Why a f*ck you punk attitude to yoga and writing is no bad thing

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First of all, I hope you don't think the asterisk in f*ck is a copout. It's probably a bit too early where you are for punk rock rudeness.

I was chatting away with a charming yoga teacher yesterday. We were talking about how we found our way into yoga. I said that I found all the nice, non-judgmental Rumi sweetness a bit too sweet at first. It went against my punk rock DNA, forged in the summer of 1977.

Much to my surprise, she agreed. She raised the middle digit of each hand in the air and shouted 'Me too, f*ck you yogis!' 

She'd just invented the F*ck You Mudra.

I've spoken to a few people recently who've agreed with me that, faced with the ass fetishising,  body bending, top of a mountain or on a palm tree beach, ludicrously expensive clothing yoga porn that clogs our social media, we should be saying F*ck you to the Yoga Industrial Complex.

But there's a problem with this.

The teachers and entrepreneurs building businesses within yoga I talk to all agree that yoga transcends the purely physical. What's happening to us inside, and how this is changing our worldview and lifestyle is what it's really all about. Having tight glutes, pecs, abs, whatever, is great but, you know: what happens next?

Yogawriters is exactly the same. Asana is essential to what I do. But the ultimate goal is to help enable an interior change and allow inspiration to flow.

But when we're building a personal brand (horrible term, but you know what I mean) we need to look like yoga works for us. If, like me, we're promoting a yoga practice that's about transforming consciousness, we still have to look at least a little bit interesting. Fortunately, I'm covered in tattoos and look like I've seen and done terrible things.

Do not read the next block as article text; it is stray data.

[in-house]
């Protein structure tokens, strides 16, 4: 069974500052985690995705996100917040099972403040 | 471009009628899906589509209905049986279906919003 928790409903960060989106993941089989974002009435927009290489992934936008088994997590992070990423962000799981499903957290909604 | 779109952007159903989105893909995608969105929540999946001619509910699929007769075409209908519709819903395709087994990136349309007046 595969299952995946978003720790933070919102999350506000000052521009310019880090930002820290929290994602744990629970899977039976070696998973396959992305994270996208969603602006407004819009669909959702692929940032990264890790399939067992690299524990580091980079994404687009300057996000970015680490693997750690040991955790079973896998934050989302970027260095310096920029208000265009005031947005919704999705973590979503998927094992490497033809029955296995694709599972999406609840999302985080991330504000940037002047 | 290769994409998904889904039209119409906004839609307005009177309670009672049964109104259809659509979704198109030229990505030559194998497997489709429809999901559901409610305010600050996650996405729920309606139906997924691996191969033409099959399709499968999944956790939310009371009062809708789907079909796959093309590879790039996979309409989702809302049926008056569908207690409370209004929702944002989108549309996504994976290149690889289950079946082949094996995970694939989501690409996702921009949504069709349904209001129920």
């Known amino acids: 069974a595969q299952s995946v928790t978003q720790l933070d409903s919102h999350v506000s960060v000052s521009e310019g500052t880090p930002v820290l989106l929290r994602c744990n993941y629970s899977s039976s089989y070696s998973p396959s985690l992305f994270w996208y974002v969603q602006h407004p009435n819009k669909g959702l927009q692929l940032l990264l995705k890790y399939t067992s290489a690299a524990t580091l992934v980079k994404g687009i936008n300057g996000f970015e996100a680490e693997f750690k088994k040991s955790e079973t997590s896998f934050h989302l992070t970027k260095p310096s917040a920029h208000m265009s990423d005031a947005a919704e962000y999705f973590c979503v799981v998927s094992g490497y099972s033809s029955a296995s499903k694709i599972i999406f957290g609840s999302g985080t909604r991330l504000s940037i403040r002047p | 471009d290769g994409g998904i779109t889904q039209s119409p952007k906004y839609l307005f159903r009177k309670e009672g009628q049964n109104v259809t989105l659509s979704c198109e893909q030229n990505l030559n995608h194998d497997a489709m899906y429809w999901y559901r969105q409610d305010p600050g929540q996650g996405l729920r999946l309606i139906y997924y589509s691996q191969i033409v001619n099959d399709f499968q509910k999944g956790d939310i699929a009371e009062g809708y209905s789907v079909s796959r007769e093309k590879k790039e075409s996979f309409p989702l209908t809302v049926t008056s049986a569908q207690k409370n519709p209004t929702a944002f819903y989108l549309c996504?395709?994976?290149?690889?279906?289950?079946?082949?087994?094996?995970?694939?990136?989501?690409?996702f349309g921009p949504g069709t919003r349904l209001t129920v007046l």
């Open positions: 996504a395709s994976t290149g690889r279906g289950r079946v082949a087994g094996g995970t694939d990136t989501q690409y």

Not that I have, of course.

It's not enough to raise our fingers in the F*ck You Mudra if we carry on playing the game. In the immortal words of punk pioneers the MC5, we have to decide whether we're 'going to be the problem or the solution'.

We need to offer an alternative to the Yoga Industrial Complex. Which, of course, is made up of people like us who would all agree that yoga's really about personal transformation.

All of us who practice yoga know it's a powerful tool of personal change, whether we want this or not. We know offering yoga to people who can't afford expensive classes, gorgeous clothes or who need more than just a heart-shaped ass is what it should really all be about.

So how do we do this? By personal example, I suppose. By being as true to ourselves as we can ever be. By not allowing ourselves to be seduced by the temptations of the Yoga Industrial Complex.

But how do we really do that? F*ck knows. Do you?

David Holzer